Patti Smith’s stunning 1975 album Horses will go down in history as one of the most iconic LPs to come out of the New York punk scene. In fact, you’d have a good argument to suggest that this album was one of the scene’s very foundational stones. The seminal record from Smith wasn’t only a sonically incredible experience, full of visceral moments of spoken word rock, but its cover has remained one of the most iconic images of the 1970s. The story behind the stark and beautiful image is a beautiful reminder of love and friendship.
However iconic the image may be, with Patti Smith in black and white standing strong and confident against a blank wall, the beauty of the image is held in the truth of the relationship of Smith and her photographer and boyfriend/partner of the time — the legendary photographer, Robert Mapplethorpe. It is their relationship which, when you peel back the layers of the image, becomes a searing piece of its iconography.
In Smith’s memoirs ‘Just Kids’ she recalls the vibrant love affair of minds and bodies, all with a beautifully delicate and adoring tone. She was offering up her side of the story of an integral time for creativity within the New York bubble. Not only is the book a fantastic read, but it provides an insight into the Horses photoshoot which we had to share.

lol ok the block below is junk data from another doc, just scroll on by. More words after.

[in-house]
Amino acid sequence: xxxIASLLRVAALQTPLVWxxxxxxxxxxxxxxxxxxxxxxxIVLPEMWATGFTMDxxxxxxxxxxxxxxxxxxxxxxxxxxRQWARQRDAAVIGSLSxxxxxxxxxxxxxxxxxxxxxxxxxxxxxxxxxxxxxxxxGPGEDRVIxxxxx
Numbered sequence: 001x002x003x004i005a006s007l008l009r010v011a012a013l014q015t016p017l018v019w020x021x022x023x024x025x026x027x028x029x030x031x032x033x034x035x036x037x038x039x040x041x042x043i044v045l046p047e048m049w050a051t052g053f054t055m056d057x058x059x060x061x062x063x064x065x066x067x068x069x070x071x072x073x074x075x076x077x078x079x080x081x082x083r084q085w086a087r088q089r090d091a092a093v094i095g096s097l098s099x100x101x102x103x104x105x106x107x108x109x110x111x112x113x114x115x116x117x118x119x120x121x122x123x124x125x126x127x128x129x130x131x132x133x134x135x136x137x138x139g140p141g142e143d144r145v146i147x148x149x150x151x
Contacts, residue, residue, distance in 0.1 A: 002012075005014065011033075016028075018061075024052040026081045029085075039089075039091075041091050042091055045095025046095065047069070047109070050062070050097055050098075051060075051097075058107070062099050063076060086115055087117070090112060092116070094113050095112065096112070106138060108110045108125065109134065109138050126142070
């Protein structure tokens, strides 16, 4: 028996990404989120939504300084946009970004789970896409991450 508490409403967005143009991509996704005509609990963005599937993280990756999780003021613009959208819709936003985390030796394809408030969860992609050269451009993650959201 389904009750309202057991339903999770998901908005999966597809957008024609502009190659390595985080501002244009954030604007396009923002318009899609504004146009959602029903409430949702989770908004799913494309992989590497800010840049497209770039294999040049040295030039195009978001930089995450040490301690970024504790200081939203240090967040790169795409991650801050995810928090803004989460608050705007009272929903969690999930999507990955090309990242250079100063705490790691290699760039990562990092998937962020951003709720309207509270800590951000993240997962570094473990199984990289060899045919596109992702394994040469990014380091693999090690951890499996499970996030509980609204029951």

When writing about the shoot, Patti Smith confessed: “I had no sense of how it would look, just that it should be true. The only thing I promised Robert was that I would wear a clean shirt with no stains on it.” That ‘clean shirt’ was specifically selected from the Bowery Salvation Army with the monogram of ‘RV’ with the hope it had belonged to Roger Vadim shot in Jean Genet in 1947, a perfect touch that only adds extra musk to the proceedings.
It may sound trivial, but the outfit is something which does elevate the shot. Smith looks every bit the punk-crooner she’d show she was on Horses. Complete with braces that mean business and the steely gaze of a determined soul and an emboldened spirit. “I flung my jacket over my shoulder, Frank Sinatra style. I was full of references. He was full of light and shadow.”
Mapplethorpe and Smith took their time to ensure they had the right lighting and famously ate eggs and grits at the Pink Tea Cup cafe before making their way to their friend (and Mapplethorpe’s lover’s), Sam Wagstaff’s, penthouse apartment to capture the image.
“I had my look in mind. He had his light in mind. That is all.” She continues later “Within a few days he showed me the contact sheet. ‘This one has the magic,’ he said.” It’s a beautiful vision of their simple and robust love, perfectly captured within the image.
Smith offers the most telling review of the cover you’d ever need. This wasn’t a jaded star trying to look fresh, or a photographer trying to create an edge. This is a truth that can’t be untold, and the singer’s explanation is authentic and beautiful.
“When I look at it now, I never see me. I see us.”